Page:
The Theory Understanding Judith Butler’s Precariousness and Grievability theory


The Theory
Understanding Judith Butler’s Precariousness and Grievability theory is not easy. Start with focusing on three key terms. Activate your knowledge about each of these terms using your lived experiences. Ann listen to my last two class lectures where I explain her theory.
Apprehension: What does Butler mean when she applies this term to people? How is apprehending different from seeing (think how hearing is different form listening)? What might the difference be between seeing a homeless (or unhoused person) and apprehending them? Butler does NOT mean apprehension in the same context as law enforcement though I suppose the root concept is similar.
Precariousness: What does Butler mean when she applies this term to people? Think about precarity as your standing on the edge of an ocean cliff THROUGHOUT your whole life. That is precarity; a wrong move and you die. Recognizing someone’s precarity means recognizing their mortality, the susceptibility of the human body for injury, thirst or starvation, etc. If you apprehend the humanity of a person, you should also be able to sense their precarity.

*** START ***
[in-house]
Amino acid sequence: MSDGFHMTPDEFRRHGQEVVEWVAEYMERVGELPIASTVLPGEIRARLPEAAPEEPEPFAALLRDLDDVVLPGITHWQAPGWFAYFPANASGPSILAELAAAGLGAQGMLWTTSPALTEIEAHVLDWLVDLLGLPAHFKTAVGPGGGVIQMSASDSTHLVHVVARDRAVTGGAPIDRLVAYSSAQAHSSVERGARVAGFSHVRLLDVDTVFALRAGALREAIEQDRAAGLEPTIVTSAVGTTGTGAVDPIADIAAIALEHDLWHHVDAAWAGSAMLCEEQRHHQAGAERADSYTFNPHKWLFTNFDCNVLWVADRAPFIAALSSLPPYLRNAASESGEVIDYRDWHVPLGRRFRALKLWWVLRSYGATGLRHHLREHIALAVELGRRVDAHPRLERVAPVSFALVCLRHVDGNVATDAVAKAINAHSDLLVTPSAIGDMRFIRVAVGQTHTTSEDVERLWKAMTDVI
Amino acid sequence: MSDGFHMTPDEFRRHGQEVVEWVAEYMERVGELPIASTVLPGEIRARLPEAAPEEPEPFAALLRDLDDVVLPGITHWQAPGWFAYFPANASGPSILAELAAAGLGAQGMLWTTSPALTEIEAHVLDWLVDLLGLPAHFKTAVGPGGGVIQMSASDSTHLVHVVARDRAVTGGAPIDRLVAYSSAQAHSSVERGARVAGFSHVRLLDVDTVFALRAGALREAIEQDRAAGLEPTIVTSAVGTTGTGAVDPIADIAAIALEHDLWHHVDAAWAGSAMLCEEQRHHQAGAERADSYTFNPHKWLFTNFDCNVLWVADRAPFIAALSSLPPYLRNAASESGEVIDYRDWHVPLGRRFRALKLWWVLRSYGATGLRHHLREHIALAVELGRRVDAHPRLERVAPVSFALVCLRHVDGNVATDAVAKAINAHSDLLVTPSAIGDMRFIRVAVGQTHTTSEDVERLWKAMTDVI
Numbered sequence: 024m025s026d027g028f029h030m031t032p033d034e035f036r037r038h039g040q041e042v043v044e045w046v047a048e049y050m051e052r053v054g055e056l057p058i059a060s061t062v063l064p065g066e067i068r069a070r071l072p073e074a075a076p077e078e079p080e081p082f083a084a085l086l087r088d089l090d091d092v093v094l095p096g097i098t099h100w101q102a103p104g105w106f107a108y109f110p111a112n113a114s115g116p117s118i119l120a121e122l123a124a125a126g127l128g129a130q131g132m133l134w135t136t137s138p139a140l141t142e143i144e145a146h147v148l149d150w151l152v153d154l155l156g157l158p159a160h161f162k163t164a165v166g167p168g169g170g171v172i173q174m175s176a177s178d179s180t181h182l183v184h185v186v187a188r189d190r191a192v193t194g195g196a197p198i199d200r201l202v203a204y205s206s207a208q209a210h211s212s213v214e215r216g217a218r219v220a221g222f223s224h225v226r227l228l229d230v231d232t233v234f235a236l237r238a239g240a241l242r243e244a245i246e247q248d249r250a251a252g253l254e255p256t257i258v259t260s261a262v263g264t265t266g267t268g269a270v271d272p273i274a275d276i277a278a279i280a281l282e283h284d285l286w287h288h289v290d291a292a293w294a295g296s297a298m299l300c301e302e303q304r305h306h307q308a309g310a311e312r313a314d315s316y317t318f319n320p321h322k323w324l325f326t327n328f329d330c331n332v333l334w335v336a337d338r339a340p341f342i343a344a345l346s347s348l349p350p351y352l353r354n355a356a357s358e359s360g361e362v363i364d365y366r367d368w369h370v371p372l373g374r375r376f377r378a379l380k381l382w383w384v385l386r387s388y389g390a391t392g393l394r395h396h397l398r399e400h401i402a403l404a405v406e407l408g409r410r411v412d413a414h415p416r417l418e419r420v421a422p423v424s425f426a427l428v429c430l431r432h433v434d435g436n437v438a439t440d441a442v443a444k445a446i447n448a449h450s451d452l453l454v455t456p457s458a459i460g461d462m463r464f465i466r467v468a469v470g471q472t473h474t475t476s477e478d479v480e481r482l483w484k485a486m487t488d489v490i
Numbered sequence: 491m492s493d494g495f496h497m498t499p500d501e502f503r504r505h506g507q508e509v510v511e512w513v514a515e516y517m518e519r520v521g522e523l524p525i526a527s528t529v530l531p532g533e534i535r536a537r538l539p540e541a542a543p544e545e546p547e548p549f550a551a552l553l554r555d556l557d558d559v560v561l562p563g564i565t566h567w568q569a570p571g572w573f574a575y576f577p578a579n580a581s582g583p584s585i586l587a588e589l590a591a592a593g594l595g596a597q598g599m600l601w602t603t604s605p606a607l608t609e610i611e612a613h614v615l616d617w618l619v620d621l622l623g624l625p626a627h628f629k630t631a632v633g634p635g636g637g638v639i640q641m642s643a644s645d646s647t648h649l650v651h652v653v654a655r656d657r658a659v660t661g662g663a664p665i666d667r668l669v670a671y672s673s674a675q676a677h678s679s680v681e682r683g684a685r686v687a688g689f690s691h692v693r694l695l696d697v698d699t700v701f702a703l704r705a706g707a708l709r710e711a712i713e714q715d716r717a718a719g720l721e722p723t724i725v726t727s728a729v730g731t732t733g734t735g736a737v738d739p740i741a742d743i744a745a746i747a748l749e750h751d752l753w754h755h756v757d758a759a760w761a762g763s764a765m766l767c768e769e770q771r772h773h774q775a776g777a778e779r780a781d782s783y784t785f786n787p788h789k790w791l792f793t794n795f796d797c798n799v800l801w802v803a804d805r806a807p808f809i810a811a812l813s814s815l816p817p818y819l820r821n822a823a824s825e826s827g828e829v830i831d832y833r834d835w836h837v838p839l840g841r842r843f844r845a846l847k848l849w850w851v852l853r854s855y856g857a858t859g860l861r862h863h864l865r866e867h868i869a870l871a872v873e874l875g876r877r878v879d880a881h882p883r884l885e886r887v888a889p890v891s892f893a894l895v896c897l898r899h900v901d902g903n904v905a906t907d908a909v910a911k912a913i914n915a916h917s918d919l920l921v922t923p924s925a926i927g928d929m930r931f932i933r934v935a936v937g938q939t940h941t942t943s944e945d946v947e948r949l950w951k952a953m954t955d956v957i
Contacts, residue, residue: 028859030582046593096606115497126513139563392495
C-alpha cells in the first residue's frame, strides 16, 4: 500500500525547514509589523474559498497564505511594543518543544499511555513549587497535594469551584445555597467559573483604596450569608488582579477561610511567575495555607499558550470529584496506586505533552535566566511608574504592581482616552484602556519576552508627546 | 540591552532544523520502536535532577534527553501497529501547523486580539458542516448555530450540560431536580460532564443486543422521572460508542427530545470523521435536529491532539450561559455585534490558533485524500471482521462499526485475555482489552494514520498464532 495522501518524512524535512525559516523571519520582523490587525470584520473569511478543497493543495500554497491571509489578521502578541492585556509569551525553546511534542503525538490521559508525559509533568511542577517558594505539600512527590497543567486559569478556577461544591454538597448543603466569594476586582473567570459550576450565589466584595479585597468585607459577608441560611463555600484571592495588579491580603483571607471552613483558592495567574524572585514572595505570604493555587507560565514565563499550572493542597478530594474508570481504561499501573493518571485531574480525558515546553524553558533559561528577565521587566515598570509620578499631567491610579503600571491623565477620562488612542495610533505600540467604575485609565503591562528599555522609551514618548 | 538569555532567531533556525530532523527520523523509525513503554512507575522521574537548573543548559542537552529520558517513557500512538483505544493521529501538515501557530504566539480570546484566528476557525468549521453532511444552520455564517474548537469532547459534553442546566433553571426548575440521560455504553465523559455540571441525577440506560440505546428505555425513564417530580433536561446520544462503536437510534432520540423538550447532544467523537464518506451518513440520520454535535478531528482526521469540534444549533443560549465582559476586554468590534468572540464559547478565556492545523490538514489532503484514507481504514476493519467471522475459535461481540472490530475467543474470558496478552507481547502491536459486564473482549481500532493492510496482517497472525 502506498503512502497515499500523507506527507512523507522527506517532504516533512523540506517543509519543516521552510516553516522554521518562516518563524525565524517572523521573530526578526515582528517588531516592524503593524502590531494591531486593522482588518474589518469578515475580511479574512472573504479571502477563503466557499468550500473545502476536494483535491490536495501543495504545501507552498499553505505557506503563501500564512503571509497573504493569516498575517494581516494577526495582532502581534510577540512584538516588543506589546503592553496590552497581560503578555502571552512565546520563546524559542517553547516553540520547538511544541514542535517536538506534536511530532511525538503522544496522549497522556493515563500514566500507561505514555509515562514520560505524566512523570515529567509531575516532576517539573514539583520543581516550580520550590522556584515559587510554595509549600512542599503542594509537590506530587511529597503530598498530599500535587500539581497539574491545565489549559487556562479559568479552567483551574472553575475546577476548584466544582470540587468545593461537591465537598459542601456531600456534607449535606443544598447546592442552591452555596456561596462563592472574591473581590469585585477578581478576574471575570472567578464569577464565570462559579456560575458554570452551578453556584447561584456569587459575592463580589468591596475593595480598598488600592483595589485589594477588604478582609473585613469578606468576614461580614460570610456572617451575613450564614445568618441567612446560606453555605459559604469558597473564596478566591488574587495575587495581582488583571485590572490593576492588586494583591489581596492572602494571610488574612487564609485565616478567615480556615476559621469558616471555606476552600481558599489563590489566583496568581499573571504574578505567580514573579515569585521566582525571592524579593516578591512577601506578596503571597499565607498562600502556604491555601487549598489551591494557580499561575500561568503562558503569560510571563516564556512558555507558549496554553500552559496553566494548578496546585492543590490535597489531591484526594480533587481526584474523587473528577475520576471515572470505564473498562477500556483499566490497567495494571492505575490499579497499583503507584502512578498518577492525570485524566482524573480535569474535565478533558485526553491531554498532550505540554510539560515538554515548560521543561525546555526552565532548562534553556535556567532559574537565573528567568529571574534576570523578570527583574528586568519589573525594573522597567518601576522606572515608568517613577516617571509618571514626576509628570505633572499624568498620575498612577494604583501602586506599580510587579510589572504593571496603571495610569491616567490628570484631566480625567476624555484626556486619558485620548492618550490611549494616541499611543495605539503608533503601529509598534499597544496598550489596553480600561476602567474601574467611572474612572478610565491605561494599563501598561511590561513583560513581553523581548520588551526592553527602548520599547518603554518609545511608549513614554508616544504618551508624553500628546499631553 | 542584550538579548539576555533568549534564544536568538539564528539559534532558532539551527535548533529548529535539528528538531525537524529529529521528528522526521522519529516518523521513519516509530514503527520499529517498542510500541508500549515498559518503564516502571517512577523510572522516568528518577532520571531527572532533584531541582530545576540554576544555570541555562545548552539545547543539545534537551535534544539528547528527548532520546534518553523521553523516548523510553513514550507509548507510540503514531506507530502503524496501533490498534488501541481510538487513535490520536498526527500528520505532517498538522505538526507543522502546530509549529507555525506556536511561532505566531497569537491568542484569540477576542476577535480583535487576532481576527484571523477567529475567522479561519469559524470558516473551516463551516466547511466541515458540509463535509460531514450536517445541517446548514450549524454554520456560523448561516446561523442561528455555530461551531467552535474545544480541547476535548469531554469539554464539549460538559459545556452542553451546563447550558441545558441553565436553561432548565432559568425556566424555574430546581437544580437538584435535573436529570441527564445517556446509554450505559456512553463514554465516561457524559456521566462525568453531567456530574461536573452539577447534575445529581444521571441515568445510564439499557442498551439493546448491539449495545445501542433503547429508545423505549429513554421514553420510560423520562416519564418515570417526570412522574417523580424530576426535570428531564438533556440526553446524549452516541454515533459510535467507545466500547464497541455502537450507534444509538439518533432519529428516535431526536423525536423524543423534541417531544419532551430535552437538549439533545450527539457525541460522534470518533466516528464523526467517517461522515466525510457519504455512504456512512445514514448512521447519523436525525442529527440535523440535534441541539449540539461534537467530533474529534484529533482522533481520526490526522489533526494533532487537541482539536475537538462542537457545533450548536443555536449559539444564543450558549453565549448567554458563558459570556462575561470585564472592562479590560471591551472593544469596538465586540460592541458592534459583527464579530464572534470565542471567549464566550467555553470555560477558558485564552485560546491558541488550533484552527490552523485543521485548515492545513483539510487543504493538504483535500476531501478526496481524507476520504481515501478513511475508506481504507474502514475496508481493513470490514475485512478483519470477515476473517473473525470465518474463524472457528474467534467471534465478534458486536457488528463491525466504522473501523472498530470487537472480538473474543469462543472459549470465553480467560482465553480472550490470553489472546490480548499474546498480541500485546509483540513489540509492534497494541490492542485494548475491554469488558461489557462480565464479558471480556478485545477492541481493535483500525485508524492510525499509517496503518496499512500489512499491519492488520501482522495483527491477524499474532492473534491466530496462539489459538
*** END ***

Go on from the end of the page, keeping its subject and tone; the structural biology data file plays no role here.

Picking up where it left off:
Grievability: What does Butler mean when she applies this term to people? Well most of us have grieved something, someone, or the outcome of some situation. It might be a simple as grieving your lost 4.0 GPA if you earn a C in a class. Or you may grieve the loss of a loved one; someone you apprehended and sensed the precarity of without having to think about it. Of course, you will grieve a loved one. However to grieve the death of an unhoused (homeless) person or a Russian soldier or a Ukrainian mother, you have to first apprehend them as a person in Butler’s sense of the term. The little match girl is desperately poor and abused. I know her story will bring many readers to tears. If you read about a child dying from starvation in Sudan, would you grieve? Would you be concerned her for more than a nano-second (whatever that is)?


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